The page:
OK, this story was probably floated as a PR stunt. It’s so good that I’m not going to check it out, just as political reporters don’t verify accusations against certain presidential candidates. Plus, the item is from Russia, which makes it inherently suspect. The Daily Mirror of London reports:
“A robot capable of thinking for itself is set to be scrapped after it escaped from a high-tech lab for a second time. The Promobot IR77 has been fitted with artificial intelligence, meaning that it learns from its experiences and its surroundings, although the programmers had not expected it to yearn for freedom.”
Quick, Rod Serling, have your producers put together some tacky, amateurish special effects. More from the Mirror:
“They say that despite reprogramming it twice, the robot continues to attempt to escape… The other robots which have been created from the same series are well-behaved, and have not been escaping, say the team. Promobot IR77 made headlines last week when he escaped but ran out of battery in the middle of the street after 45 minutes in the city of Perm in central Russia’s Perm Krai region. The expert said that they had programmed the robot to try and avoid obstacles, and it had not been intended that it would look for ways to leave the research center.”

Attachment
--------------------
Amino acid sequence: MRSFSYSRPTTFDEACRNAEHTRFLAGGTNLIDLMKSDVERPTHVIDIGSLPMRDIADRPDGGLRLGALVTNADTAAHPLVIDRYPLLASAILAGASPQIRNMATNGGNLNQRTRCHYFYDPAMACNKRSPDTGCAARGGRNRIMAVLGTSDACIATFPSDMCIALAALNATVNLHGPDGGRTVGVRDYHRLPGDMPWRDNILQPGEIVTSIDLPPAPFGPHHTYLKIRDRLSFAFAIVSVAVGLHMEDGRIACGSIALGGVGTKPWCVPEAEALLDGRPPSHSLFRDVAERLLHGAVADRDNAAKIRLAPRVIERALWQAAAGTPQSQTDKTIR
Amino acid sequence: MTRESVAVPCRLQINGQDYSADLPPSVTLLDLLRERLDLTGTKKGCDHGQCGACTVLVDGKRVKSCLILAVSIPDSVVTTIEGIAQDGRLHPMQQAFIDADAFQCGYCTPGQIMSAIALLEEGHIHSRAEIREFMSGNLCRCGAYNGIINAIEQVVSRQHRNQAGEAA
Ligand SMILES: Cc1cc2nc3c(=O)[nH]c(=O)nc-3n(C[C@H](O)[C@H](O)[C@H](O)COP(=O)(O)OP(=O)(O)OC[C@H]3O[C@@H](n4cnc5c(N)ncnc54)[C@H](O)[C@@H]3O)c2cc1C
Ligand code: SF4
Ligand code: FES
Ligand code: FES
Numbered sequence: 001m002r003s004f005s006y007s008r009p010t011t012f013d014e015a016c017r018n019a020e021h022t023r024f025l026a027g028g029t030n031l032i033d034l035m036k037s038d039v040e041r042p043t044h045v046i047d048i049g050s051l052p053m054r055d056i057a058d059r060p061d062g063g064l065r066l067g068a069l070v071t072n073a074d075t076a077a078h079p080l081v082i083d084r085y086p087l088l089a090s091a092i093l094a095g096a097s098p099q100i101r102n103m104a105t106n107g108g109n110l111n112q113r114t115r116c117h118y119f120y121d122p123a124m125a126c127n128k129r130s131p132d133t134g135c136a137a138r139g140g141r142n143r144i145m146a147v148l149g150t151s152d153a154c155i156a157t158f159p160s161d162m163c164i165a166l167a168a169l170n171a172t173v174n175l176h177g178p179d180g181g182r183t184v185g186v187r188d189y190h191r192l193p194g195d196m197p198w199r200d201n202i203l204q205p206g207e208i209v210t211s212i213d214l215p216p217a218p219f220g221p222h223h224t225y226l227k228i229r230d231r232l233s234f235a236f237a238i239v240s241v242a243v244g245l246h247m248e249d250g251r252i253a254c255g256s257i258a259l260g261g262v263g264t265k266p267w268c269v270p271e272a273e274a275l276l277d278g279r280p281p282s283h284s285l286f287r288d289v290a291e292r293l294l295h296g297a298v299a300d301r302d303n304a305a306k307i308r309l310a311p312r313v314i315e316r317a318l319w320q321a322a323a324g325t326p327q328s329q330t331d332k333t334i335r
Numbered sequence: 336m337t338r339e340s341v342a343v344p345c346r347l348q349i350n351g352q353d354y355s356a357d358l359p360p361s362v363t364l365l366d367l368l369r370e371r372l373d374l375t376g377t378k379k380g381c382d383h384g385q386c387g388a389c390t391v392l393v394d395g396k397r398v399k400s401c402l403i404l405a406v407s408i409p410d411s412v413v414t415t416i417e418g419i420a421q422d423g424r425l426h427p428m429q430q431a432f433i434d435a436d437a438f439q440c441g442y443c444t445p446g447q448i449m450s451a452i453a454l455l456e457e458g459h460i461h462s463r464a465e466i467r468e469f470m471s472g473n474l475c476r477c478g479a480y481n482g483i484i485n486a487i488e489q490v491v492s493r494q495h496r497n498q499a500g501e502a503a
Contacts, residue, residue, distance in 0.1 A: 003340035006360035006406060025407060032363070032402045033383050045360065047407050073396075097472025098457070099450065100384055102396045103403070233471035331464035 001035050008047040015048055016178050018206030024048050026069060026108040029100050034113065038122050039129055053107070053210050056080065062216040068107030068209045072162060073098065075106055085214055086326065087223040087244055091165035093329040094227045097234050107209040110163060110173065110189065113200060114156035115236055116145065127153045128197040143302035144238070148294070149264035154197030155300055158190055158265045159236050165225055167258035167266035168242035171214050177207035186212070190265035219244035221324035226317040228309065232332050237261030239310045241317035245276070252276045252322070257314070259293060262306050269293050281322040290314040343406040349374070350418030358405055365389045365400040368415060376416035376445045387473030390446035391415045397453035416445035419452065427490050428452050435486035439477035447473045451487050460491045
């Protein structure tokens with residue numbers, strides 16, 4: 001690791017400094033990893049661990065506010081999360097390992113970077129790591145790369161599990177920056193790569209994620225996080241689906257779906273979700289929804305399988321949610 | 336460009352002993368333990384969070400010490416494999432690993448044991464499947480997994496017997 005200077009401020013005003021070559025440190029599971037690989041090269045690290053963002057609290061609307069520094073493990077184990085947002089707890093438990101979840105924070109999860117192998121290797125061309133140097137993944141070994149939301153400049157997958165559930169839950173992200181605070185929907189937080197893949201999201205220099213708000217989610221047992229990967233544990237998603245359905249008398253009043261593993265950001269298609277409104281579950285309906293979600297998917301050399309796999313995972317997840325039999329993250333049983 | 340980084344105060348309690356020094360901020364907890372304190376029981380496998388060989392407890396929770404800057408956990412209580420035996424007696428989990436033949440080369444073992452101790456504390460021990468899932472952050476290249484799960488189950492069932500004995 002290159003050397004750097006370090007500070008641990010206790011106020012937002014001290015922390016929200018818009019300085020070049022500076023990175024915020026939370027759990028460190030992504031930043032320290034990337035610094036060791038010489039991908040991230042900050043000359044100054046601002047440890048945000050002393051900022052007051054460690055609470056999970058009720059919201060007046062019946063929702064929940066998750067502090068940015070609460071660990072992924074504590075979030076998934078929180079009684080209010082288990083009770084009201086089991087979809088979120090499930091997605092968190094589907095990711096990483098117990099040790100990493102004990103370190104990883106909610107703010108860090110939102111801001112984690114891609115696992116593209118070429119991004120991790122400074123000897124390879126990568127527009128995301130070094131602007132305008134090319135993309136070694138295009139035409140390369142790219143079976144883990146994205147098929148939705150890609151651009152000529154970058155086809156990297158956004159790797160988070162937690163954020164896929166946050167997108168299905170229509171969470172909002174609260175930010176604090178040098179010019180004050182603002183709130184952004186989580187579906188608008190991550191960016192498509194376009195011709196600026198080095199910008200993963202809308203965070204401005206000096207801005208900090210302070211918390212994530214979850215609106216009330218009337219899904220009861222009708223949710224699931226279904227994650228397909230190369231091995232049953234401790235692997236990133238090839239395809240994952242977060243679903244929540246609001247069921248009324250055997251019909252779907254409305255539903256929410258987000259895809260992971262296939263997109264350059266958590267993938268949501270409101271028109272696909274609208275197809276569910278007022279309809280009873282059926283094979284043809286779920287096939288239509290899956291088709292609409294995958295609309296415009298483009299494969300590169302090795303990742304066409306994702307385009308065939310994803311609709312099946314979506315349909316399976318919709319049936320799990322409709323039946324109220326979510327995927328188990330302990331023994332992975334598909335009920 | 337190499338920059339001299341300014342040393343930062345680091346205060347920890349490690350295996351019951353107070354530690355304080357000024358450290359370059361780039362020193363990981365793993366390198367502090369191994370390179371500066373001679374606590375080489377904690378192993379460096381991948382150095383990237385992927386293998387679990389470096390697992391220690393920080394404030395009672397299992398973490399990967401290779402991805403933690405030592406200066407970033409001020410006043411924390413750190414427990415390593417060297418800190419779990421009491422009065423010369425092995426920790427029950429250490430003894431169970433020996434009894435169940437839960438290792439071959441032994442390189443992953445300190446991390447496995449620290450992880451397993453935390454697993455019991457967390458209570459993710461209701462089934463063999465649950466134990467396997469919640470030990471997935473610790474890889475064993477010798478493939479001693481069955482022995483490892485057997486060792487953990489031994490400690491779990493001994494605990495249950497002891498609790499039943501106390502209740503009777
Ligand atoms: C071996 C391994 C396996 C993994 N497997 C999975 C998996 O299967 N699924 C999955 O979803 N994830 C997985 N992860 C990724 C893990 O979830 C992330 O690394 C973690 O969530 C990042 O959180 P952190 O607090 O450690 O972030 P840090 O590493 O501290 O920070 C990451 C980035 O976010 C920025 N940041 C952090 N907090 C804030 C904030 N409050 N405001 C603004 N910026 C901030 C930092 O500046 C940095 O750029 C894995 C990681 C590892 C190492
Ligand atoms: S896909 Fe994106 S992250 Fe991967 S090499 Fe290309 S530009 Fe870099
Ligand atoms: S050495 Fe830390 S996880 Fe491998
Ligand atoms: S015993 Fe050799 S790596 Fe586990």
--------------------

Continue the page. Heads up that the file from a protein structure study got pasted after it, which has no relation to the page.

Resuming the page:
Think that’s a trip? Apparently a mini-robot in Austria found a way to off itself in 2013: “A cleaning robot reportedly ‘committed suicide’ by switching itself on and climbing onto a kitchen hot plate, where it was burned to death. The iRobot Roomba 760 had apparently rebelled against its chores and decided enough was enough. Firemen were called to the blaze … and say they found the remains of the machine on the hot plate.”
No less an intellect than Stephen Hawking has predicted that Artificial Intelligence will overtake humans within a century, bringing movie plots to life. “When that happens, we need to make sure the computers have goals aligned with ours.”
No doubt inspired by Isaac Asimov’s “I, Robot” short stories and the resulting movie, Mr. Serling wrote an episode of “The Twilight Zone” that first aired in June 1960. A robot pitcher was unhittable until his inventor installed a heart. Then the robot couldn’t bear to get opponents out, lest he hurt their careers. So maybe today’s pitchers don’t struggle because of crummy control and leaving flat sliders over the inside half of the plate. I prefer to think they just have big hearts.